- The solar panel's guarantee of being cheap to buy and lasting for at least 25 years
- Government incentive schemes, like the one in California where you get an incentive of up to $4500 for converting to a solar grid system
Also known as Solar Updraft Towers, these man-made structures are massive in size and span for miles. There is one such solar tower proposed for Arizona. To be built by the Australian company EnviroMission, the tower will be 2,625 feet tall. That's twice the size of the Empire State Building and 30 meters short of Burj Khalifa, the tallest building. It will be completed by the year 2015. The tower is said to be able to produce a peak power output of 200 MW, which is enough to supply 100,000 to 150,000 homes. What's more, the $750 million structure will need have to be maintained for at least 80 years from its first functional date, and boasts an efficiency of 60%; that's more than what most other energy sources offer. The tower works on the concept of temperature differential and so should be able to generate power even in the night.
Space-Based Solar Power
Man often shows the tendency to think far ahead of his own time. An example for this would be a space-based power plant (SBSP). The idea was thought of and has been researched on since 1970. It involves installing a satellite or a tower outside the Earth's atmosphere that can collect solar energy at a much higher efficiency than solar cells down on Earth. This bypasses all the losses incurred in gathering solar energy due to atmospheric interference and the Earth's rotation. The obvious problem in the plan is the transmission of the generated energy by the satellite to Earth. Recent studies include wireless transmission in the form of microwaves towards a receptor on the ground. This would, again, increase transmission losses. Another problem would be to successfully build a large enough satellite to generate sufficient power, but also be able to avoid all the floating space debris.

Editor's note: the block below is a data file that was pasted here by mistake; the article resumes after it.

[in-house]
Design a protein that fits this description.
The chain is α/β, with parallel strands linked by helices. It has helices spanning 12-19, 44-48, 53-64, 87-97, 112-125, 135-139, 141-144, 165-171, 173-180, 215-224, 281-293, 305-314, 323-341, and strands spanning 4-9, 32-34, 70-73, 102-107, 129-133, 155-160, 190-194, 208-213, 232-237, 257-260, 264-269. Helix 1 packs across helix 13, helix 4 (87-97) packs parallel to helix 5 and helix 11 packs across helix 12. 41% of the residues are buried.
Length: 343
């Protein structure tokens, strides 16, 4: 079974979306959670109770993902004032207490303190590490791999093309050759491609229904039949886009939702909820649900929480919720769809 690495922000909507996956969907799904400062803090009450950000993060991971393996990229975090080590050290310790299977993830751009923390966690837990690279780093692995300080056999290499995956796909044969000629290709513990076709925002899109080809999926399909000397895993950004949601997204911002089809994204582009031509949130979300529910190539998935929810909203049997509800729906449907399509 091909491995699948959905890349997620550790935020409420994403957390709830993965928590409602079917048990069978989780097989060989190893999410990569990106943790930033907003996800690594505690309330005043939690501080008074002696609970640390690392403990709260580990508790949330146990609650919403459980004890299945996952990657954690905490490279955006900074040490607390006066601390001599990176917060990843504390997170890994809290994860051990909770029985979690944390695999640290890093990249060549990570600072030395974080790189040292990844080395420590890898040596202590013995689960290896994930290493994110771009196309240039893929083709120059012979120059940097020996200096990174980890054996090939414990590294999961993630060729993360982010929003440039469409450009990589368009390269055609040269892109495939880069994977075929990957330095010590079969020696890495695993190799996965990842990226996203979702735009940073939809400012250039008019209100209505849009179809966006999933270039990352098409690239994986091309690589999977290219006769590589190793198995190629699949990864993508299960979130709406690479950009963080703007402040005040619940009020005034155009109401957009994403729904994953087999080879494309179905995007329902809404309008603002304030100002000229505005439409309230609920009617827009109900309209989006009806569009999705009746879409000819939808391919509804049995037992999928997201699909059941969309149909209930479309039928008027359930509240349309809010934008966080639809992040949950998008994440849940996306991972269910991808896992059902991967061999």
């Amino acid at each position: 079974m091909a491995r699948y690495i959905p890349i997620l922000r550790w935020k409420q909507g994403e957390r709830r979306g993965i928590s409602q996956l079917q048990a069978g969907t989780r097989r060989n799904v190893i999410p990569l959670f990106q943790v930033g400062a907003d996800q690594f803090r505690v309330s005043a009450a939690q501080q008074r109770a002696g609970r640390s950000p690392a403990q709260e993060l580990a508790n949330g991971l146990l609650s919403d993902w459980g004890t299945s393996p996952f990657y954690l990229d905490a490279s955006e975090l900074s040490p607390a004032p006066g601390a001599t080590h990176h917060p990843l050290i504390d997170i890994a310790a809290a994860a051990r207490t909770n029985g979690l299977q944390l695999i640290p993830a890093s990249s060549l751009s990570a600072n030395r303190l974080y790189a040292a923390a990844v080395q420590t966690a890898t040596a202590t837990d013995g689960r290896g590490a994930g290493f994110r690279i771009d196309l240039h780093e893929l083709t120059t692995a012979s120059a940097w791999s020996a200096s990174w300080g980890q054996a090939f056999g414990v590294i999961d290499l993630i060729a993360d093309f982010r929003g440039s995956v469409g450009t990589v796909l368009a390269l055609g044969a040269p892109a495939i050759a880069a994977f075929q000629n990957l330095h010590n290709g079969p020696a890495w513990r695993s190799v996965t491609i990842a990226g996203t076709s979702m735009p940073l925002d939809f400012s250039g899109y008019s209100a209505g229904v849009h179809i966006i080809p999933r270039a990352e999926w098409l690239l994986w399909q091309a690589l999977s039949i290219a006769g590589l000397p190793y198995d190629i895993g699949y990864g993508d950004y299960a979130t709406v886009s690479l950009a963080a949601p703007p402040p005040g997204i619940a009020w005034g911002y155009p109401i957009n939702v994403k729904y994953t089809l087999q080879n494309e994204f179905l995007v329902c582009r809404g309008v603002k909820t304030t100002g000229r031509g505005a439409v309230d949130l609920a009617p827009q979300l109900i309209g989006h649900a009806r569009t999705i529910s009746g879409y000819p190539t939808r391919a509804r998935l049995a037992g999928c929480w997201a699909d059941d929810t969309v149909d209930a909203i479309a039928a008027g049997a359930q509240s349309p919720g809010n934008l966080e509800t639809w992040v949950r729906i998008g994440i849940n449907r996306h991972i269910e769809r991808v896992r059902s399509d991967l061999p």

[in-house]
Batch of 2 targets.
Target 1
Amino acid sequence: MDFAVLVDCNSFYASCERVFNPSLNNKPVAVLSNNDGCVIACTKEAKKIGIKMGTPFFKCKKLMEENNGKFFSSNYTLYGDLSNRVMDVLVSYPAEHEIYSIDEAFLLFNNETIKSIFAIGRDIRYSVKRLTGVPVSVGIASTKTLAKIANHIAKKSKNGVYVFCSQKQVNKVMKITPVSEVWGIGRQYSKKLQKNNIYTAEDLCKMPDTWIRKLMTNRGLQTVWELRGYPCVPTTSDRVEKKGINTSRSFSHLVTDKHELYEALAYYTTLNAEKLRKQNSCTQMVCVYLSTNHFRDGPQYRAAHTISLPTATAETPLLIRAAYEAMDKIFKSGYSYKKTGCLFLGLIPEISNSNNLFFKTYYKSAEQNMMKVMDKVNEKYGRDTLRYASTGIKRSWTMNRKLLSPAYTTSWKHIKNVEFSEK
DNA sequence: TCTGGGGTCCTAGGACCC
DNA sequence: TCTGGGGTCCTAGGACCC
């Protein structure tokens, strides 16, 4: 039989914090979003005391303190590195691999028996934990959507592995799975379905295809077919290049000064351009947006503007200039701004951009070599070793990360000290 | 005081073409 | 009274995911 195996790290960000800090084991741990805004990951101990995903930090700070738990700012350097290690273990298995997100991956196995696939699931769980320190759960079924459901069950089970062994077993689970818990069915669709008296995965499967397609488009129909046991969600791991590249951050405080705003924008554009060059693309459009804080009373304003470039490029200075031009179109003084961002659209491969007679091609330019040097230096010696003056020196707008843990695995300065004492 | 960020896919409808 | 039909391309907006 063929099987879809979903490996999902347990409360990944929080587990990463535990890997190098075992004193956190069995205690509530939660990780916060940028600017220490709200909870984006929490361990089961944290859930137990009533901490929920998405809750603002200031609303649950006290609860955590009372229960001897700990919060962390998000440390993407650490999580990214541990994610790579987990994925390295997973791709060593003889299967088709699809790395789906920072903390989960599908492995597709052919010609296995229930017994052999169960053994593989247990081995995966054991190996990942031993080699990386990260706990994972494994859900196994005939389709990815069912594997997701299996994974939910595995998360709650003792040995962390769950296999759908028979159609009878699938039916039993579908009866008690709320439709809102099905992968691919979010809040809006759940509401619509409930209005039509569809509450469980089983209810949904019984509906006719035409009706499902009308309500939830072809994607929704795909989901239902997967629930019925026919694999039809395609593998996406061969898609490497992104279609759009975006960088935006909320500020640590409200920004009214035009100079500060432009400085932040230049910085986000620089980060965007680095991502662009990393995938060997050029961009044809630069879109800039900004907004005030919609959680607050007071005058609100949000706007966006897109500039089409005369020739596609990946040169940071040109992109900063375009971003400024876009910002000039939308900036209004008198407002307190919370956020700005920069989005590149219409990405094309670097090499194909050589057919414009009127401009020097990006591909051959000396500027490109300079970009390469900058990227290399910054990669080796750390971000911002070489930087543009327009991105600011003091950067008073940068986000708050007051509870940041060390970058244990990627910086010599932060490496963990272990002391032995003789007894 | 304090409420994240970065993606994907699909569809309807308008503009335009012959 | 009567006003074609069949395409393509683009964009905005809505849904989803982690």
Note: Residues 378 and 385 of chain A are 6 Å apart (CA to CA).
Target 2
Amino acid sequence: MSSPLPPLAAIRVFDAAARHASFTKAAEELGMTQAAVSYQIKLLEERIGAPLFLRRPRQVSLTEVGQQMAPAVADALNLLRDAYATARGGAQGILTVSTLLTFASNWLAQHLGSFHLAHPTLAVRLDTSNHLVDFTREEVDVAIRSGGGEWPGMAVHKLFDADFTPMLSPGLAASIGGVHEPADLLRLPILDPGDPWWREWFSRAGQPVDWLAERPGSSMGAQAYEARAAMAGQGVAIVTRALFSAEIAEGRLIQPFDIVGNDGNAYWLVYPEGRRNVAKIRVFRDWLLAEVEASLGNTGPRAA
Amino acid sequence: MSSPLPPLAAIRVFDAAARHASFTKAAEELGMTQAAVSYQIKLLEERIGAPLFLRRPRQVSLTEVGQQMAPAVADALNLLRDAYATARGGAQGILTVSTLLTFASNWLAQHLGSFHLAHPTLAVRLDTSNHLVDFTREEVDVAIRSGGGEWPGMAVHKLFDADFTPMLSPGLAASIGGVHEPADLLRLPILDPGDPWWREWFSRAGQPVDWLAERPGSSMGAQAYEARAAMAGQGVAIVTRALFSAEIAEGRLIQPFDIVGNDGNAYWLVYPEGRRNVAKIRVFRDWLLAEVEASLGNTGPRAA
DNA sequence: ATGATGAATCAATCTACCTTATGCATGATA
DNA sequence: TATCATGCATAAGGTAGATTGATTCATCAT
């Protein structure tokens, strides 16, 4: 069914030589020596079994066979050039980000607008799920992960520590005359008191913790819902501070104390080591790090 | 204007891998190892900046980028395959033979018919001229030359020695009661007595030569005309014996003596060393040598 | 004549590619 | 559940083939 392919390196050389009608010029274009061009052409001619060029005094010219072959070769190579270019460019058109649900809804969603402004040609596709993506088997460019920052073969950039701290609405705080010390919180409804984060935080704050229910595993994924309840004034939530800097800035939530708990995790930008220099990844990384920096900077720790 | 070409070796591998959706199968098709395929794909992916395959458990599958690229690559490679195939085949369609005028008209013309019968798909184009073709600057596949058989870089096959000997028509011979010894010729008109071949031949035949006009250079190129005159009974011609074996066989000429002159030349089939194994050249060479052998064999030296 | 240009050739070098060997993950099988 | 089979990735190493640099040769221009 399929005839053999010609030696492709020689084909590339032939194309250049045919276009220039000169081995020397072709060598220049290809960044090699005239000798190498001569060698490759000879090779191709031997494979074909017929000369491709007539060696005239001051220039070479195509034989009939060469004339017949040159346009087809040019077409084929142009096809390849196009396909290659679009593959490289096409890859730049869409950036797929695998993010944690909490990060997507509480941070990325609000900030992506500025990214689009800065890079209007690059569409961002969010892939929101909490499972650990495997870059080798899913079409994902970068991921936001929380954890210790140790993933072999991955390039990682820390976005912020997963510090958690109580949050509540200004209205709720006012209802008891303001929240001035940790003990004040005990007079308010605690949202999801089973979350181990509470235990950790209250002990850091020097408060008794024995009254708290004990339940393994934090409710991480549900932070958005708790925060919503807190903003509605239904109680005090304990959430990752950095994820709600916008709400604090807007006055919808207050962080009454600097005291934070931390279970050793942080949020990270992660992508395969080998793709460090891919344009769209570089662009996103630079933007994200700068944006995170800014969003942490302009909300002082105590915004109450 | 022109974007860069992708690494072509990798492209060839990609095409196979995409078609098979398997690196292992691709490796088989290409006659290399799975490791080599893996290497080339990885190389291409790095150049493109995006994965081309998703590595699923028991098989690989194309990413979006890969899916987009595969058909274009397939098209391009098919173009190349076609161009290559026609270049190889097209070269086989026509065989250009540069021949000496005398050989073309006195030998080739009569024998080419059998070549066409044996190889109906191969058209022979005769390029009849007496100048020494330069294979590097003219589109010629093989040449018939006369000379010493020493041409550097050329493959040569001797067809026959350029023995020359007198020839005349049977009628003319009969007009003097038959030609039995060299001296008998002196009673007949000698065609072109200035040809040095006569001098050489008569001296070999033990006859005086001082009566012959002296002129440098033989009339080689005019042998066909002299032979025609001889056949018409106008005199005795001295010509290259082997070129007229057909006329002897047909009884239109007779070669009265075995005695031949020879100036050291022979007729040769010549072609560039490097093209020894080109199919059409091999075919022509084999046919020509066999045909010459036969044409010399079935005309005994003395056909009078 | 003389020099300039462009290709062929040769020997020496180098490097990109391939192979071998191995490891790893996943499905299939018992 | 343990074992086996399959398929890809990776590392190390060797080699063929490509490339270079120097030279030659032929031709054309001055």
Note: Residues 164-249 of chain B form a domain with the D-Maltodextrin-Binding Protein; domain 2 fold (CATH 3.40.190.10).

Thermal Energy From the Ocean
The temperature differential created in the ocean by the sun is another large source of untapped energy. The idea is to be able to cycle the hot water on the surface and the cold water below the surface through tubes fitted with turbines. Since this would also be based on temperature differentials, it may be just as efficient in power production in the night too.
Solar Energy in Daily Life
It is intended to integrate solar energy into almost all electrical gadgets. This includes your cell phones, laptops, home appliances and building lights. The energy harnessing devices include:
- New "plastic" solar cells
- Ultrathin dye-sensitized solar cells (said to be the most efficient)
- Carbon nanotubes embedded in the cells
The future of solar energy, for now, is all about enhancing whatever we have made so far. Technological advances can go only so far ahead. But with the present rate of fuel consumption, more and more minds are turning towards the sun as the ultimate source of energy, just like the days of old.